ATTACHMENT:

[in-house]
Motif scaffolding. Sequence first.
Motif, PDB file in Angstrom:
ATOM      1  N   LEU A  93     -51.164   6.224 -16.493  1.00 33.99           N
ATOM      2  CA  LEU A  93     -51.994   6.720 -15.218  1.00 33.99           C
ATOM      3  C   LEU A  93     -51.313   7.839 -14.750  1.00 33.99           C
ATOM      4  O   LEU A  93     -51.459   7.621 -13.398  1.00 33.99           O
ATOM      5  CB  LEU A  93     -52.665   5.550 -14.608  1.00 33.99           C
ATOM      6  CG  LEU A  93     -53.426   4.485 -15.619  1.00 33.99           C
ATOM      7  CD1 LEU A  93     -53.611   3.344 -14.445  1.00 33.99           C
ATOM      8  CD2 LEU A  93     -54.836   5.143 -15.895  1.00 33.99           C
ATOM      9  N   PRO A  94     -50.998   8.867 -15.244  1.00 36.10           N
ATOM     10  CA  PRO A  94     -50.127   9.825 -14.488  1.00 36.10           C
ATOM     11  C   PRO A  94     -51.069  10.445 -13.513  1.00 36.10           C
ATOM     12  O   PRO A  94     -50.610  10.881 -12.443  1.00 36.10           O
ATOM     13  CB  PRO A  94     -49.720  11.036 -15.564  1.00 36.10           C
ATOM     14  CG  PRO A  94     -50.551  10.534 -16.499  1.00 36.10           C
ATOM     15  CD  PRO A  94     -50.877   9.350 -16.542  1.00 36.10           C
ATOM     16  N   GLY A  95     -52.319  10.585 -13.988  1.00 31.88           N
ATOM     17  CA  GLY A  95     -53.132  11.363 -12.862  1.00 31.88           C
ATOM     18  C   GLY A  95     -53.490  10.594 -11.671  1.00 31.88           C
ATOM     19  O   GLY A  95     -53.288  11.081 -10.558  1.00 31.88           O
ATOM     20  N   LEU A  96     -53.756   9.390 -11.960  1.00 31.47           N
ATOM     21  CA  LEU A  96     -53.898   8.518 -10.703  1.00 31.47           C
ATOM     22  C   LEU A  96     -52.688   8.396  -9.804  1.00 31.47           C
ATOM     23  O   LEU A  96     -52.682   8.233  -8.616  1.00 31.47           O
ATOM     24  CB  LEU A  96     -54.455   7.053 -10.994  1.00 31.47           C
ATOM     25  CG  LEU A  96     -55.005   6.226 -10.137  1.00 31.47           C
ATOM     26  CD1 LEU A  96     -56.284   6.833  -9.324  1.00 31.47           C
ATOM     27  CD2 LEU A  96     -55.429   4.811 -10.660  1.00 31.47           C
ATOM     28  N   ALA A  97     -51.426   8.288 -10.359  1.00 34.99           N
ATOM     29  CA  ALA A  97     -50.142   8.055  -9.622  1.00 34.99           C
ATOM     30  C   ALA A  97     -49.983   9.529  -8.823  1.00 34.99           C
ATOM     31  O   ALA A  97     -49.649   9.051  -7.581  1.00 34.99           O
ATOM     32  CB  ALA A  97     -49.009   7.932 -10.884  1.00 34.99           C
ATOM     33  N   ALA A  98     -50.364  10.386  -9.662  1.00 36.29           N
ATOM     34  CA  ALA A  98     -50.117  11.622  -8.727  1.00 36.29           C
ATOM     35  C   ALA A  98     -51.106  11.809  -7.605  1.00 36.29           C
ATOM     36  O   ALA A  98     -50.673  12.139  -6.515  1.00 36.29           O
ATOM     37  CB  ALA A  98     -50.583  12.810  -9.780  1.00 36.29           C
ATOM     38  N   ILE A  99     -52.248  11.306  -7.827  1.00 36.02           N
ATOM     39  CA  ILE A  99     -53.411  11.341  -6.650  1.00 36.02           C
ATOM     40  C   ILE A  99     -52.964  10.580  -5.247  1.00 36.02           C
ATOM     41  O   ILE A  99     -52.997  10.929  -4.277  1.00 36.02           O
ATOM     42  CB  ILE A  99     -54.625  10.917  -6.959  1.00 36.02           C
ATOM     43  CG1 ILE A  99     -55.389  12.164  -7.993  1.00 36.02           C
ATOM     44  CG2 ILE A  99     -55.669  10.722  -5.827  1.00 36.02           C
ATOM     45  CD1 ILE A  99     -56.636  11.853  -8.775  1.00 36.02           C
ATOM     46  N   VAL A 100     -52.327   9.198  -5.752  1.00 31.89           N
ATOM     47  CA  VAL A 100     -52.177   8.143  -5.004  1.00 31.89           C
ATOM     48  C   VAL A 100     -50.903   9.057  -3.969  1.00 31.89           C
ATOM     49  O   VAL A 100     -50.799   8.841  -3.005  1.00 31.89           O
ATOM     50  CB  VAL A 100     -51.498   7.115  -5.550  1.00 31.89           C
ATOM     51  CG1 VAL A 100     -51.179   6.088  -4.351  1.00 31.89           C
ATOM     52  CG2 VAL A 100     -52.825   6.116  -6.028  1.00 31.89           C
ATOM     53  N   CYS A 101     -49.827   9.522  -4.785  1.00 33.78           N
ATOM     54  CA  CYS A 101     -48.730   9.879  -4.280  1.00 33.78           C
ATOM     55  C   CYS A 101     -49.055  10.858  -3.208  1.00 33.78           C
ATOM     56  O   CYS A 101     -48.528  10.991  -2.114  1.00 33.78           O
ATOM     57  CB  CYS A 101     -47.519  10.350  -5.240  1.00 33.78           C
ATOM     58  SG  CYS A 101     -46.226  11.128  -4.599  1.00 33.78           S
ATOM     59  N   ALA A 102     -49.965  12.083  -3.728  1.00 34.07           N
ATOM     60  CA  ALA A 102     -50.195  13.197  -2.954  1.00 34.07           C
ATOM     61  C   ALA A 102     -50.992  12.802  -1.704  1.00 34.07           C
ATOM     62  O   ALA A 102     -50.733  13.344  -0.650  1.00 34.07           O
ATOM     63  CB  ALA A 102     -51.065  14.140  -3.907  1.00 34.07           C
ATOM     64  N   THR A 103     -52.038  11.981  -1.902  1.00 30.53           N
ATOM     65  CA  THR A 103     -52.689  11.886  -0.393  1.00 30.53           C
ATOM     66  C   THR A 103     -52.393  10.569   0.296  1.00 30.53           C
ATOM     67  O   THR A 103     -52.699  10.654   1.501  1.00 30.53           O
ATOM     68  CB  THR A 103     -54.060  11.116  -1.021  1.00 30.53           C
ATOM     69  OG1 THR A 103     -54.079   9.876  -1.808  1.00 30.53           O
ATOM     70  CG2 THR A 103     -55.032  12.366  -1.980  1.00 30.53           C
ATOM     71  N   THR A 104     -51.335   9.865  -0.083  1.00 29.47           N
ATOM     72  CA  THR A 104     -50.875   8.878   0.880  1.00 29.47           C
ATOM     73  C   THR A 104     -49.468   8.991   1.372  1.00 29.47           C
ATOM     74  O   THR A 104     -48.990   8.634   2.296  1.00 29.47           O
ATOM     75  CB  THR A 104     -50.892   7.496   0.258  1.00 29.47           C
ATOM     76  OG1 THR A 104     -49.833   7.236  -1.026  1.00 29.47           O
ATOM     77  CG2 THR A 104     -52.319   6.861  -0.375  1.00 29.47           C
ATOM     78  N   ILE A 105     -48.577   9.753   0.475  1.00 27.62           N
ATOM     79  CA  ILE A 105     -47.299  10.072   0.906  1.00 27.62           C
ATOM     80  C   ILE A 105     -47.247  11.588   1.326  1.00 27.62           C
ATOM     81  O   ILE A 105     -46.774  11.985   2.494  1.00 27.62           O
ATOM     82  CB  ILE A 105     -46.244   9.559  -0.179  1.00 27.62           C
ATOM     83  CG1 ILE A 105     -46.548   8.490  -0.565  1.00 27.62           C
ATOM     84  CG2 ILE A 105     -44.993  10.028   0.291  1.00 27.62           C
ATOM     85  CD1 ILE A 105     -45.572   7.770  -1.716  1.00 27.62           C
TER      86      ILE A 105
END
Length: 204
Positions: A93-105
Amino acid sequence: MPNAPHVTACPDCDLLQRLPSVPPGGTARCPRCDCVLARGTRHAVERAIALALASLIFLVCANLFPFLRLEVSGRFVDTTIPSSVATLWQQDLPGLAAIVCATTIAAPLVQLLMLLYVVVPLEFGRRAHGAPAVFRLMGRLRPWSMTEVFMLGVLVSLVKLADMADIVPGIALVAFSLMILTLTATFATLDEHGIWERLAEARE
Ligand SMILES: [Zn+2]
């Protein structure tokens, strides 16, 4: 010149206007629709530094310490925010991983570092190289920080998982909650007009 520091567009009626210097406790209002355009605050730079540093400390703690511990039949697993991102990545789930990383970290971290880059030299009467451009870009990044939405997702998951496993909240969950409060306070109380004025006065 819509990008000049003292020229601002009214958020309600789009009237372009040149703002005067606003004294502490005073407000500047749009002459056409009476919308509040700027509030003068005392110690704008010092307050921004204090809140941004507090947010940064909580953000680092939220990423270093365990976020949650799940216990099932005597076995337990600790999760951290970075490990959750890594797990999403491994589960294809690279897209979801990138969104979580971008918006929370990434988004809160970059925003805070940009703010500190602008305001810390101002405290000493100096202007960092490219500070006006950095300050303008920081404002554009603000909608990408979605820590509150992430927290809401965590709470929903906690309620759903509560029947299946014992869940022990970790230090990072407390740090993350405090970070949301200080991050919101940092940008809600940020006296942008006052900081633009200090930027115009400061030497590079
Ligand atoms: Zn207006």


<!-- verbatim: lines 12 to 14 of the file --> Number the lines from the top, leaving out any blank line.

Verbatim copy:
ATOM      9  N   PRO A  94     -50.998   8.867 -15.244  1.00 36.10           N
ATOM     10  CA  PRO A  94     -50.127   9.825 -14.488  1.00 36.10           C
ATOM     11  C   PRO A  94     -51.069  10.445 -13.513  1.00 36.10           C